Friday, April 1, 2011

Tomatoes and Things

Last night I attended a viewing of Food, Inc sponsored by the West End Association and Greener Partners. The film is a documentary produced by the same people who did The Inconvenient Truth, and deals with the food industry. It is a somewhat disturbing film because there are some rather graphic scenes in it of meat slaughtering and animals that have been warehoused for our use. It is also disturbing because it turns out that there is so little that is known about what we eat. I am sure most of us mindlessly go to the grocery store, bring things home, prepare them for our family, and never stop to think about where it comes from.

Food, Inc points out that our food is not grown, but really manufactured by four large conglomerates that run the factories that supply our food. Chickens are grown faster and re-designed to have larger breasts because that’s the way we like to eat them. The chickens are so fat that they can’t take more than a few steps because their bones have not kept up with the speed in which their bodies have grown. The cows are kept in pens, moving around in their own feces, shoulder to shoulder with one another. These animals along with pigs and even fish are fed corn rather than given grass because it fattens them up quickly. The different diet not only makes them fatter faster, but causes a particularly deadly E. Coli bacteria in cows. Above all, the FDA who are supposed to be overseeing everything have no real teeth and until recently were not even able to shut down a plant if there was contamination.

But the good news in all of this is that we have a choice. There are 10 things we can do to make a change, a change that is also better for your health:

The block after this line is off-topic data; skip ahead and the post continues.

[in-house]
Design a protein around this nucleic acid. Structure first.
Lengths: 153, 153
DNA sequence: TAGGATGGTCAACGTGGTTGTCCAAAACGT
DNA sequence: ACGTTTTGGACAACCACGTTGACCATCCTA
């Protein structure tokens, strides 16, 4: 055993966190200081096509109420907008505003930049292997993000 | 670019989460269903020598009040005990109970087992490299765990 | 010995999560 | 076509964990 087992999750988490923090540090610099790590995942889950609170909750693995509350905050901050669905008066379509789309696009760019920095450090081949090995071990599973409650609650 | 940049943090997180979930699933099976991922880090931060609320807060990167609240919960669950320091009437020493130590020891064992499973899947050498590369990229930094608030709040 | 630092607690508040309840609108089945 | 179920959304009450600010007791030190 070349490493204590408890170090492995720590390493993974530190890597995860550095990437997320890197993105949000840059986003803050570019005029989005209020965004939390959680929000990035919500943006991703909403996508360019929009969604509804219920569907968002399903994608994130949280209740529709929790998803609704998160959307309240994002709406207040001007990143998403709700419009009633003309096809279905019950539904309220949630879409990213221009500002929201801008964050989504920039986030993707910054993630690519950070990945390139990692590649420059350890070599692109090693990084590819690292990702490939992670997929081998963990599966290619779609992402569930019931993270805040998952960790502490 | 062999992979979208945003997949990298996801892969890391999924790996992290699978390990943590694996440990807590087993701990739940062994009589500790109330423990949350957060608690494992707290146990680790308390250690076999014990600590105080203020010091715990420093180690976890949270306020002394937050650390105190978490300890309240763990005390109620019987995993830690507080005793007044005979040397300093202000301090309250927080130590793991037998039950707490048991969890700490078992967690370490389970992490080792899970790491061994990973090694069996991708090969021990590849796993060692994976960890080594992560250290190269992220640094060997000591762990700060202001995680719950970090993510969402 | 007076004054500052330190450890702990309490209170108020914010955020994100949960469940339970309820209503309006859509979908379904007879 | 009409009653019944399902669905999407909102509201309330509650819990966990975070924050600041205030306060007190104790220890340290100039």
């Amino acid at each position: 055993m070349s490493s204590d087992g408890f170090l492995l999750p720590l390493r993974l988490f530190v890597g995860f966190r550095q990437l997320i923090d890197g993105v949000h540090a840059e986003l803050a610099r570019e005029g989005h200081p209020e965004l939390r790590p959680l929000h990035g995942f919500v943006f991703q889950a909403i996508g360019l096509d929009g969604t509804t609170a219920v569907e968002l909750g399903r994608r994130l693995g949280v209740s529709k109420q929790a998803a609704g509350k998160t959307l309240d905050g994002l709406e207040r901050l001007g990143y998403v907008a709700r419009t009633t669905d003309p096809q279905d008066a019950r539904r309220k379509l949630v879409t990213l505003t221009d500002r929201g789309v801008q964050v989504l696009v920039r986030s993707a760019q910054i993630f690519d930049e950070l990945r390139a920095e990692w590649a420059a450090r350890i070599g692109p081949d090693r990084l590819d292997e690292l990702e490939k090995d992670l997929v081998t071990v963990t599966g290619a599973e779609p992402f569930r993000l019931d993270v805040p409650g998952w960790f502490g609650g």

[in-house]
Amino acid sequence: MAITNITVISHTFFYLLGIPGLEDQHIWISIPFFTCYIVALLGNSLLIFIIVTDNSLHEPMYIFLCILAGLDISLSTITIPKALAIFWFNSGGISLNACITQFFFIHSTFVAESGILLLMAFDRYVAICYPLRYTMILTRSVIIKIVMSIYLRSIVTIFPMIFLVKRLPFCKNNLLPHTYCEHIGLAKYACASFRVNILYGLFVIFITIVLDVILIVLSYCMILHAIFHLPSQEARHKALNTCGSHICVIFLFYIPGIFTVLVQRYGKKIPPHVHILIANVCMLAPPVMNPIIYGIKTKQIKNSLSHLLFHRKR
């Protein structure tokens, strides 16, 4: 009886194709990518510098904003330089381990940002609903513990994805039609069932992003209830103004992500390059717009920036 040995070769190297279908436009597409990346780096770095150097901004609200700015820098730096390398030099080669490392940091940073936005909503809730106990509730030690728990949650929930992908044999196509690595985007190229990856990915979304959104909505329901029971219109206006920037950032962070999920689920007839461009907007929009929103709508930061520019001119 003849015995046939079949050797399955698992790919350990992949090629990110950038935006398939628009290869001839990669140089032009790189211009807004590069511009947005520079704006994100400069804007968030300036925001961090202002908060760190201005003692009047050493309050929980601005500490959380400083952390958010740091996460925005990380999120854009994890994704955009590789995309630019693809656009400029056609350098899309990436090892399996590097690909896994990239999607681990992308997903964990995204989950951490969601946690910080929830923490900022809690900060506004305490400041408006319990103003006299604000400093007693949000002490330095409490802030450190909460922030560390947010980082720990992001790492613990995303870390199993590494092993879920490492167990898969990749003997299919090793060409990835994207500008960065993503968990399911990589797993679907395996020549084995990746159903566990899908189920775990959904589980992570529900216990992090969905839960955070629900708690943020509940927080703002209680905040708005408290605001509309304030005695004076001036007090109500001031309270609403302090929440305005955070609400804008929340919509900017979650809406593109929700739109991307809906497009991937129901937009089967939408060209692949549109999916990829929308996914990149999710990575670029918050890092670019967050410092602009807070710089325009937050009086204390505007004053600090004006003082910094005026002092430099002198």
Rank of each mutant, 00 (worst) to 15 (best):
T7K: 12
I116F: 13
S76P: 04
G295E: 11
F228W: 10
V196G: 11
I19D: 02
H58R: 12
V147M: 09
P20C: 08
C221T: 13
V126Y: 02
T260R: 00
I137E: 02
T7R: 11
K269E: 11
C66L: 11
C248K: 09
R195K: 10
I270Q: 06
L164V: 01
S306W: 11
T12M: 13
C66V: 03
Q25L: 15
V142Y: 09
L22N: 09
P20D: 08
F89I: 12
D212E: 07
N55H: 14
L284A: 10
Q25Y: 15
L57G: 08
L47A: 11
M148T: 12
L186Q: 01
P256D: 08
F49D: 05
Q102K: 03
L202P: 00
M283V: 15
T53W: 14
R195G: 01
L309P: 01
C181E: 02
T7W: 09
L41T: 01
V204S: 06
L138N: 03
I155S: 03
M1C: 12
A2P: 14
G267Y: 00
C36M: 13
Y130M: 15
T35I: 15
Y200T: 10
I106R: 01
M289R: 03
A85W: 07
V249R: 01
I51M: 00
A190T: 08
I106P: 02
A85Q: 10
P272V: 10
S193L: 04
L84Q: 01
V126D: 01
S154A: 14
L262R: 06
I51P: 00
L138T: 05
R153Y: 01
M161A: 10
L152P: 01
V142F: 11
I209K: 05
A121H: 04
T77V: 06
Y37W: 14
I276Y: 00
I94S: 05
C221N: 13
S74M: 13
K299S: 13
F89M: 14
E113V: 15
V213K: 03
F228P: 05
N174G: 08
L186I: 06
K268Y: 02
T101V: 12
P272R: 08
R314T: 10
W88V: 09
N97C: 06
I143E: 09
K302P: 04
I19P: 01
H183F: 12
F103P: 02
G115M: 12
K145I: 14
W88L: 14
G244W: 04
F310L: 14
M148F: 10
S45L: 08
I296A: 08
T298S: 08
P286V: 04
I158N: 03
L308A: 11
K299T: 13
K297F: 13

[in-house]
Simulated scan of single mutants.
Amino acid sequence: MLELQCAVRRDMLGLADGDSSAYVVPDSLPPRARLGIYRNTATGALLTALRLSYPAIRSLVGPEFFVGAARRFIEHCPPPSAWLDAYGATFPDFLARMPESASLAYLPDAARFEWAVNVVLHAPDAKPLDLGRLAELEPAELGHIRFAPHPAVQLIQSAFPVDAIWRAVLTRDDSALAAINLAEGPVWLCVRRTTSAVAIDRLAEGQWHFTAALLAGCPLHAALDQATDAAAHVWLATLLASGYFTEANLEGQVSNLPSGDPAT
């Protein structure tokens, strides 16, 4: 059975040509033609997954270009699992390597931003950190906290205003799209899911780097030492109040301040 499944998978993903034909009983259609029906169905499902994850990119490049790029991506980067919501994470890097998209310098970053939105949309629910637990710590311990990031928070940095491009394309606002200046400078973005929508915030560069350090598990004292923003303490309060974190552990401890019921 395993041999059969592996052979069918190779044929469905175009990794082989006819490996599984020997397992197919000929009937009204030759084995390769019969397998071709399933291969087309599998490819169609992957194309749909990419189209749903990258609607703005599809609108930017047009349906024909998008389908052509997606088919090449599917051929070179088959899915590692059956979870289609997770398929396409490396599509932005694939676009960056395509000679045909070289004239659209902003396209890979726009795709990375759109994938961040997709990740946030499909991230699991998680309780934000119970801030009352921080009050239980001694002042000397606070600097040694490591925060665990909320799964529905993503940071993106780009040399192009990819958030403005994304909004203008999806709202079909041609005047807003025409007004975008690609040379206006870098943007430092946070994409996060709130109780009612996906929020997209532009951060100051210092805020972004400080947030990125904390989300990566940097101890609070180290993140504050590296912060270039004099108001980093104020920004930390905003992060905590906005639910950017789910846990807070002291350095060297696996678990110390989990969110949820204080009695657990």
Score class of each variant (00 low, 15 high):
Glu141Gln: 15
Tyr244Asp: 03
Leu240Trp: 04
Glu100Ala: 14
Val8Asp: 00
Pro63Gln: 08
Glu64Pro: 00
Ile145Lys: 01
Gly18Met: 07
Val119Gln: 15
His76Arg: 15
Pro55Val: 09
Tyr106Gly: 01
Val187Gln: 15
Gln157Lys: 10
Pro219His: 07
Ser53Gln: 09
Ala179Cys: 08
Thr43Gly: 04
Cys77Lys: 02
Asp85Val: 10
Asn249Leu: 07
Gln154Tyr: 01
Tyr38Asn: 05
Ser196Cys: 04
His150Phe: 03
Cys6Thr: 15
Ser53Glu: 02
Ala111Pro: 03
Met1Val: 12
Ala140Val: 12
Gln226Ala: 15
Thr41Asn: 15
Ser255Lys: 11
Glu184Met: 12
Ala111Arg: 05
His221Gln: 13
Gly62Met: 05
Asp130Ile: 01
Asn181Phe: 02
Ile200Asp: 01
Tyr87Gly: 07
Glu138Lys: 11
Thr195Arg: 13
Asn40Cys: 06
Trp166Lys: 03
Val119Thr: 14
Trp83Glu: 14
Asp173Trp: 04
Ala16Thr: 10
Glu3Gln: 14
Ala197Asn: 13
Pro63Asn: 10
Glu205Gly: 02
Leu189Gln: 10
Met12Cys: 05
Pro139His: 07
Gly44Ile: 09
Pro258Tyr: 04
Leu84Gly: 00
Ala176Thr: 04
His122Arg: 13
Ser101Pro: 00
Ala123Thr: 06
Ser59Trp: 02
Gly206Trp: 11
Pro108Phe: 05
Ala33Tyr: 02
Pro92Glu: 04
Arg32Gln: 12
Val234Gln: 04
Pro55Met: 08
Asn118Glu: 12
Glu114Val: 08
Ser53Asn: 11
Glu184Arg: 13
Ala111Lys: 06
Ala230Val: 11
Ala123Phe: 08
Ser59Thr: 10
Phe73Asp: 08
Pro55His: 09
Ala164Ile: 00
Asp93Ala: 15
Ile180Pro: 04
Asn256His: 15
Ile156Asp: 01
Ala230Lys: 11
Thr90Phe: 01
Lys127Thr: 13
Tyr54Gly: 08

1. Stop drinking sodas and other sweetened beverages. You can lose 25 lbs in a year by replacing one 20 oz soda a day with a no calorie beverage (preferably water). 
  2. Eat at home instead of eating out. Children consume almost twice (1.8 times) as many calories when eating food prepared outside the home.
  3. Bring food labeling into the 21st Century. Half of the leading chain restaurants provide no nutritional information to their customers. 
  4. Tell schools to stop selling sodas, junk food, and sports drinks. Over the last two decades, rates of obesity have tripled in children and adolescents aged 6 to 19 years. 
  5. Meatless Mondays—Go without meat one day a week. 
  6. An estimated 70% of all antibiotics used in the United States are given to farm animals. Buy organic or sustainable food with little or no pesticides. According to the EPA, over 1 billion pounds of pesticides are used each year in the U.S. 
  7. Protect family farms; visit your local farmer's market. Farmer's markets allow farmers to keep 80 to 90 cents of each dollar spent by the consumer. 
  8. Make a point to know where your food comes from—READ LABELS. The average meal travels 1500 miles from the farm to your dinner plate. 
  9. Tell Congress that food safety is important to you. Each year, contaminated food causes millions of illnesses and thousands of deaths in the U.S. 
  10. Demand job protections for farm workers and food processors, ensuring fair wages and other protections.
You can go to the film’s website for more information. Be informed and be healthy.





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